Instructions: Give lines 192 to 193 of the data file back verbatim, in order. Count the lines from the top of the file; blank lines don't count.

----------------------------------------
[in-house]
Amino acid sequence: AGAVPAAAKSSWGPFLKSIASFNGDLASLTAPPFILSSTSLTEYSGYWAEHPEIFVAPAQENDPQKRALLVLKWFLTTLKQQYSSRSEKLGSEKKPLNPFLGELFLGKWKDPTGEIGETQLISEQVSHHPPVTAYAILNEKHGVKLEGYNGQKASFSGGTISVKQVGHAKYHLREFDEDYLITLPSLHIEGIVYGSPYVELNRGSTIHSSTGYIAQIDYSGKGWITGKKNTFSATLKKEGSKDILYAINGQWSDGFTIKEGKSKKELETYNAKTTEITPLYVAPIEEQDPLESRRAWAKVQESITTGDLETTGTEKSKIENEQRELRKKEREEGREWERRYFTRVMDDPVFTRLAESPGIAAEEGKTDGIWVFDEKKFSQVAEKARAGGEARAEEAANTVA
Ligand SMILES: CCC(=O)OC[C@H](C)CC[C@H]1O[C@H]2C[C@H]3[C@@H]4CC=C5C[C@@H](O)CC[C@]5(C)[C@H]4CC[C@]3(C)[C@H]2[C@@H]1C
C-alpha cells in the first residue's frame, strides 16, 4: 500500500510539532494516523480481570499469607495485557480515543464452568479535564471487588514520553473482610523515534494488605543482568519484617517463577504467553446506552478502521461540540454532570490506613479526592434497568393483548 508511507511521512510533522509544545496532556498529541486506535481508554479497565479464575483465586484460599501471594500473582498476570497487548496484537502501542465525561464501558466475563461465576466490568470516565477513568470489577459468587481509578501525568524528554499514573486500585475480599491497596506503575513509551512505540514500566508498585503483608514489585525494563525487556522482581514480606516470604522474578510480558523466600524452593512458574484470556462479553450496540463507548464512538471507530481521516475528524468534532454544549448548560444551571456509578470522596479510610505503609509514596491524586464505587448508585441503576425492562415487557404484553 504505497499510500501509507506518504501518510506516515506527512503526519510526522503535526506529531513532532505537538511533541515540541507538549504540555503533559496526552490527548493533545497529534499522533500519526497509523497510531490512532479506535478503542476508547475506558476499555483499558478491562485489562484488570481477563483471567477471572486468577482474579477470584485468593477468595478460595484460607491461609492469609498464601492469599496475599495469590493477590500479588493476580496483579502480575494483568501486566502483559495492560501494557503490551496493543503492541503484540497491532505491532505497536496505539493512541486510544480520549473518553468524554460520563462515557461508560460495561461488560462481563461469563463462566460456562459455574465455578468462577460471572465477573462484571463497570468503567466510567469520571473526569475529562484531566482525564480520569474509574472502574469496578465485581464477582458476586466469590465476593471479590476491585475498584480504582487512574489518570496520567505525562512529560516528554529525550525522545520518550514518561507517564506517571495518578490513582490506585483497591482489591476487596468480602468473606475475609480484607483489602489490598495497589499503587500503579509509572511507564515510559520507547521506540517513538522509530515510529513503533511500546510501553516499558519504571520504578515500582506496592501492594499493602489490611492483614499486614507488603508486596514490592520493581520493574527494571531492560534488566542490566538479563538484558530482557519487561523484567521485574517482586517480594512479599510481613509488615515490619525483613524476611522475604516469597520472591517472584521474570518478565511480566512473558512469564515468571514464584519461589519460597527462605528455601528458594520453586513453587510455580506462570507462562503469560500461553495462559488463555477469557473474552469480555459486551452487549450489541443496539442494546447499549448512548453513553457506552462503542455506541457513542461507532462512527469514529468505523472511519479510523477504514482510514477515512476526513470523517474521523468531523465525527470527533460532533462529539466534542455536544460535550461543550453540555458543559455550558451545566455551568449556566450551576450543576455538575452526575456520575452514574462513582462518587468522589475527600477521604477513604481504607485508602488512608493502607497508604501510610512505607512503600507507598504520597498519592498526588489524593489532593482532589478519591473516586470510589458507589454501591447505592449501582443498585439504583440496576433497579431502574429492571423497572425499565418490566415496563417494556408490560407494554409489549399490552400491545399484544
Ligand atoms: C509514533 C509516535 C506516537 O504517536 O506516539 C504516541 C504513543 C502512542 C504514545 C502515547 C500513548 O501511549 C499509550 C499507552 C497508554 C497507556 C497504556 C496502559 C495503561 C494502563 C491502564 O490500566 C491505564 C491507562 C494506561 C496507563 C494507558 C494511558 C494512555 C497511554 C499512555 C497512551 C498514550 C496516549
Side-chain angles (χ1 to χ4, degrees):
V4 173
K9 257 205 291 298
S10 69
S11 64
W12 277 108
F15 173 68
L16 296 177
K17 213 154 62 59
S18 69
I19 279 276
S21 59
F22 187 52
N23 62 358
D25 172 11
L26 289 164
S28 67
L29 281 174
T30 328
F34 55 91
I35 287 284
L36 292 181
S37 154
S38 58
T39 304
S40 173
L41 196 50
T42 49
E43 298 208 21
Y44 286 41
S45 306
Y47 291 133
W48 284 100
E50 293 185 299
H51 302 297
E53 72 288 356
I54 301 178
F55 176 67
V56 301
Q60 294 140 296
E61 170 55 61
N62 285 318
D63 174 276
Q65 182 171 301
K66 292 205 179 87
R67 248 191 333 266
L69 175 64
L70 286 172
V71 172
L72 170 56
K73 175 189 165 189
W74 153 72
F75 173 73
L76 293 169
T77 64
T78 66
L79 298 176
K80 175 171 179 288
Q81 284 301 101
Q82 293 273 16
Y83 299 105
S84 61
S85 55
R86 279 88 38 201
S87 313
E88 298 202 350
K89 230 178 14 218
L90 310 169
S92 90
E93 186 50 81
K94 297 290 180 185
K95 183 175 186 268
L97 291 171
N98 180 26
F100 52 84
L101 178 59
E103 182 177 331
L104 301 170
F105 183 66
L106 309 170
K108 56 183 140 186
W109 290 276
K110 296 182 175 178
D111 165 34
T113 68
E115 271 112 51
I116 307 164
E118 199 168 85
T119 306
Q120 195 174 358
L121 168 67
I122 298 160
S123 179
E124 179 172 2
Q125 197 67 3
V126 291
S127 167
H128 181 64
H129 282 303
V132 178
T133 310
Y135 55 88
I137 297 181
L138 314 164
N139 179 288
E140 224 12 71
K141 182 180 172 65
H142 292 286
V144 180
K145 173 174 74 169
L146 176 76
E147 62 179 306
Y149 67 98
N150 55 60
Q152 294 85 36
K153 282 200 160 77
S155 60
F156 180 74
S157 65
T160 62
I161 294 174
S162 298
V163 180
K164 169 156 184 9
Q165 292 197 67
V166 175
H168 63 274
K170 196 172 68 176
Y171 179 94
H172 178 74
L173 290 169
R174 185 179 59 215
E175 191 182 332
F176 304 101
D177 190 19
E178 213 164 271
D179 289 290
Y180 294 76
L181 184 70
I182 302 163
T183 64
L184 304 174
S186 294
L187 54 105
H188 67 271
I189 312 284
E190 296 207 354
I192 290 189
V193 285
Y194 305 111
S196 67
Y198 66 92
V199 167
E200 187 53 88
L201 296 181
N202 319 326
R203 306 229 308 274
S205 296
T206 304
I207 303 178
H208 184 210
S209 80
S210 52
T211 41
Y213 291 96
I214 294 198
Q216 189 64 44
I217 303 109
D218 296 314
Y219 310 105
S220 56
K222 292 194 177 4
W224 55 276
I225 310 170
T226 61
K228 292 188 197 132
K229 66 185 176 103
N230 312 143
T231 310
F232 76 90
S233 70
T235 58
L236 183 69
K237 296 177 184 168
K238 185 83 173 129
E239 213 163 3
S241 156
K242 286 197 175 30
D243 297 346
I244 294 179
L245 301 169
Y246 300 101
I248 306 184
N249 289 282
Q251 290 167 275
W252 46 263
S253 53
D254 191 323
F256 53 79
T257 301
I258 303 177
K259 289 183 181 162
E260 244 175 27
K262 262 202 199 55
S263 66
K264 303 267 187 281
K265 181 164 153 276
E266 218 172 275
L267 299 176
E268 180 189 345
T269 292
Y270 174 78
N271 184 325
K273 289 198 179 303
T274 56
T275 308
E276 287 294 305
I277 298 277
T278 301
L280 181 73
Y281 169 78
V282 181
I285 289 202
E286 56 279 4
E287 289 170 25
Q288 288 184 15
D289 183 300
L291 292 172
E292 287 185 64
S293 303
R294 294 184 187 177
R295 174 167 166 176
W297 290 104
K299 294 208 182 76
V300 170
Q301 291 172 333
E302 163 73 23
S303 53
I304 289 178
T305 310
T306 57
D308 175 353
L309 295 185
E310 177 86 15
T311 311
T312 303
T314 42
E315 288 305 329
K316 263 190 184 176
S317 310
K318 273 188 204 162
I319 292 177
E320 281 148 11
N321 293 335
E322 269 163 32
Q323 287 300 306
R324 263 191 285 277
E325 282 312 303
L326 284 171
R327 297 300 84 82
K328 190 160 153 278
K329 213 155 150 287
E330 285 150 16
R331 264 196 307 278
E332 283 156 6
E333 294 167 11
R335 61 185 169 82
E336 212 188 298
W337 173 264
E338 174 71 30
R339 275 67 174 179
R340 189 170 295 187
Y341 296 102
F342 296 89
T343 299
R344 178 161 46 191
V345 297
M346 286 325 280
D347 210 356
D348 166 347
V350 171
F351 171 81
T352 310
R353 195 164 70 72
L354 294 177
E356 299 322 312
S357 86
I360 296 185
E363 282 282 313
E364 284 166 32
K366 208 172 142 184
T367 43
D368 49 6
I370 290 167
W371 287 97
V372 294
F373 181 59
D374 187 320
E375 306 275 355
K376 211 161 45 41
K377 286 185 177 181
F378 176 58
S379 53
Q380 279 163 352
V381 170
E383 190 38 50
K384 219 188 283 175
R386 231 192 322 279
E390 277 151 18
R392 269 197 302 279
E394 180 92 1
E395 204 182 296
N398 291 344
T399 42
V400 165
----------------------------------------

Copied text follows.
S241 156
K242 286 197 175 30